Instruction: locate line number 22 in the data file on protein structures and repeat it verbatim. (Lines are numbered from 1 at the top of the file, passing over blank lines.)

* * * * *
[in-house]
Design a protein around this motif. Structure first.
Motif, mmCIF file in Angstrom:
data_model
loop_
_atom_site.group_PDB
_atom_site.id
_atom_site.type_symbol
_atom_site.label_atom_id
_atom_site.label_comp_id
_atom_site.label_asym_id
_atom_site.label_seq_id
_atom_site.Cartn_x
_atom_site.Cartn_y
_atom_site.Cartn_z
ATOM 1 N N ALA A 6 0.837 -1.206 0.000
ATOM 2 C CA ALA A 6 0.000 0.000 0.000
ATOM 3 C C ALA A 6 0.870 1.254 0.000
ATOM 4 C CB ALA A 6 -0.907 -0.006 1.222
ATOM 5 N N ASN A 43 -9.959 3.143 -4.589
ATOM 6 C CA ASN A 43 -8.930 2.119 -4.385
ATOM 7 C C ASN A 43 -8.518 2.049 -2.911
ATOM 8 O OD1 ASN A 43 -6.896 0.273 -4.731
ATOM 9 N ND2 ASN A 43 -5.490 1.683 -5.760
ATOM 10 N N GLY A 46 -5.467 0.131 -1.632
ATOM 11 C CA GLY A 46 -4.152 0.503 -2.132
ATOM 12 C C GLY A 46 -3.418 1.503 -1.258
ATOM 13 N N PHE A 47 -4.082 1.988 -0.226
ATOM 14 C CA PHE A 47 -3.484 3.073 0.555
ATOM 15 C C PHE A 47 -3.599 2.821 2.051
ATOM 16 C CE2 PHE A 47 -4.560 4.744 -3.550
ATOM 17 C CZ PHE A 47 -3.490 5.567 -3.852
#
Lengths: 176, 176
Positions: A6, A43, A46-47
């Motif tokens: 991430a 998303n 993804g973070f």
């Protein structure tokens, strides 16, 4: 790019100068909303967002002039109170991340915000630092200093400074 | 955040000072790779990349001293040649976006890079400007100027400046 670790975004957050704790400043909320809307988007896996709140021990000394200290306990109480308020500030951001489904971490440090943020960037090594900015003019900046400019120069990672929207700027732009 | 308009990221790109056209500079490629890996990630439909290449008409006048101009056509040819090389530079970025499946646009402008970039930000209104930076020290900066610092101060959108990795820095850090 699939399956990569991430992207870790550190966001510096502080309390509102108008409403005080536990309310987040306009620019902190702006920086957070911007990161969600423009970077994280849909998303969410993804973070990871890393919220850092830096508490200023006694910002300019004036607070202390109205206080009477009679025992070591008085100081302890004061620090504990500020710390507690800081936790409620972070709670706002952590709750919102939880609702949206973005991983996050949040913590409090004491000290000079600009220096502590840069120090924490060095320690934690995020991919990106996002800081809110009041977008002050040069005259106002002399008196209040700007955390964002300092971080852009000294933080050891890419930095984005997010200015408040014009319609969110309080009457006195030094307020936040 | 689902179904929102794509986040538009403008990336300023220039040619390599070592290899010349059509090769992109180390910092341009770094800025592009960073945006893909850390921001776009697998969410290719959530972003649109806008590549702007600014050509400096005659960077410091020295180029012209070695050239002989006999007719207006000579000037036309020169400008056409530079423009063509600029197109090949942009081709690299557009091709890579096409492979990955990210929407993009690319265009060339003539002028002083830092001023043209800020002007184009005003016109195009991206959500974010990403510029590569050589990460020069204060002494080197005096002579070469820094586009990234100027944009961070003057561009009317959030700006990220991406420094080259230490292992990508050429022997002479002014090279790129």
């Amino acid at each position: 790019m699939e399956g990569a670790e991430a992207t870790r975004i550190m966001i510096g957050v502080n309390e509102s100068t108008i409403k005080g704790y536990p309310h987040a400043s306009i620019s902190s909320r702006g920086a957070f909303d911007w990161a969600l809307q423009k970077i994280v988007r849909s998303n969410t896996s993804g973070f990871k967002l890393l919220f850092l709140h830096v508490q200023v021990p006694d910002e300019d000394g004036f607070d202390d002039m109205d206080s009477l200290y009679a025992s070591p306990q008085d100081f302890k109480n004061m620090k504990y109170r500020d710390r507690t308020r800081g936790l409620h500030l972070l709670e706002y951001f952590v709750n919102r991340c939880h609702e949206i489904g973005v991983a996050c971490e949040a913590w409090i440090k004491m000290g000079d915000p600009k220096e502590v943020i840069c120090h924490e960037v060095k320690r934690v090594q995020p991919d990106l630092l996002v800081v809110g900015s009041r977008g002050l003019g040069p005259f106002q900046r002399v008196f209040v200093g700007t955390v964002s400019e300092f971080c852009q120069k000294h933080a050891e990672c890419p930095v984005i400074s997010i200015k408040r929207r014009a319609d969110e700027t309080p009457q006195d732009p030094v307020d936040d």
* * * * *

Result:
ATOM 7 C C ASN A 43 -8.518 2.049 -2.911